There is continuing controversy regarding the potential for inflammatory apical cysts to heal after nonsurgical endodontic therapy. Molecular cell biology may provide answers to a series of related questions. How are the epithelial cell rests of Malassez stimulated to proliferate? How are the apical cysts formed? How does the lining epithelium of apical cysts regress after endodontic therapy? Epithelial cell rests are induced to divide and proliferate by inflammatory mediators, proinflammatory cytokines, and growth factors released from host cells during periradicular inflammation. Quiescent epithelial cell rests can behave like restricted-potential stem cells if stimulated to proliferate. Formation of apical cysts is most likely caused by the merging of proliferating epithelial strands from all directions to form a three-dimensional ball mass. After endodontic therapy, epithelial cells in epithelial strands of periapical granulomas and the lining epithelium of apical cysts may stop proliferating because of a reduction in inflammatory mediators, proinflammatory cytokines, and growth factors. Epithelial cells will also regress because of activation of apoptosis or programmed cell death through deprivation of survival factors or by receiving death signals during periapical wound healing.

  2. Mineral trioxide aggregate as apical plug in teeth with necrotic pulp and immature apices: a 10-year case series.

    PubMed

    Pace, Riccardo; Giuliani, Valentina; Nieri, Michele; Di Nasso, Luca; Pagavino, Gabriella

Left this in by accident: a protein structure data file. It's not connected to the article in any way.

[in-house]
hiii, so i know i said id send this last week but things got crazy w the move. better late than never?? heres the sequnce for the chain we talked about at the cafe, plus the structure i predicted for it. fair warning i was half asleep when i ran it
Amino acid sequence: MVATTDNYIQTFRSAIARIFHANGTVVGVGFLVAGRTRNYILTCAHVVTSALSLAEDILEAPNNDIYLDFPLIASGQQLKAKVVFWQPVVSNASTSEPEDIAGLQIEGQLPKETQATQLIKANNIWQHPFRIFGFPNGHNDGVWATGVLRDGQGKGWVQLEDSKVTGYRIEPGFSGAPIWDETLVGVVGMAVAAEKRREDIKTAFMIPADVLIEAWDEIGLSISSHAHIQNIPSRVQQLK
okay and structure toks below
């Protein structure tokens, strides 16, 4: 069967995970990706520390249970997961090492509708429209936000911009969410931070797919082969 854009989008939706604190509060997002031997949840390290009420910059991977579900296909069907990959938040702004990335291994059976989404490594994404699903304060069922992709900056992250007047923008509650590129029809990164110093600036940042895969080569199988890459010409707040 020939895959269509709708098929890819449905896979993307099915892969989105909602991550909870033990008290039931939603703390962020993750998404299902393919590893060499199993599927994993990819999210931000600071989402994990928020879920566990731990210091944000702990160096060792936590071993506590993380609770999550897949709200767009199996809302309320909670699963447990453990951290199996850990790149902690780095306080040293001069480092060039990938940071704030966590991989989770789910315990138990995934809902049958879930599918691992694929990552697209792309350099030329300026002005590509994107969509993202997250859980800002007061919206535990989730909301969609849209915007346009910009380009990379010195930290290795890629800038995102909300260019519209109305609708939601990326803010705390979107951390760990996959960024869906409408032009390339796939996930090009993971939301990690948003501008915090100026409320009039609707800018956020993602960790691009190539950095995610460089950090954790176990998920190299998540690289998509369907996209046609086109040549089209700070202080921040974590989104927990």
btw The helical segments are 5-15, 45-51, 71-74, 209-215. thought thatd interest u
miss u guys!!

2014-08-01

    This 10-year study evaluated the clinical and radiologic outcomes of teeth with necrotic pulp, immature apices, and periapical lesions treated with the mineral trioxide aggregate (MTA) apical plug technique. Seventeen single-rooted immature teeth with necrotic pulp and periapical lesion from 17 patients treated between January 2001 and December 2001 were included in this study. Apical obturation on all teeth included in the study was completed in 2 visits: first using calcium hydroxide as an interappointment intracanal medication and a second visit for the creation of the artificial apical barrier with MTA. The outcome, based on clinical and radiographic criteria, was assessed by 2 calibrated investigators using the periapical index (PAI). The Friedman test was used to verify the differences between baseline and the 1-, 5-, and 10-year PAI scores. Of the 17 patients treated, 1 patient dropped out at 5 years. At the 10-year follow-up, 15 teeth were healed (PAI ≤2), and 1 tooth had been extracted because of the presence of a longitudinal root fracture. The PAI score exhibited a significant decrease between baseline and 1 year and between 1 and 5 years. The difference between 5 and 10 years was not significant. The apical plug with MTA was a successful and effective technique for long-term management of this group of teeth with necrotic pulps with immature root development and periapical lesions. Copyright © 2014 American Association of Endodontists. Published by Elsevier Inc. All rights reserved.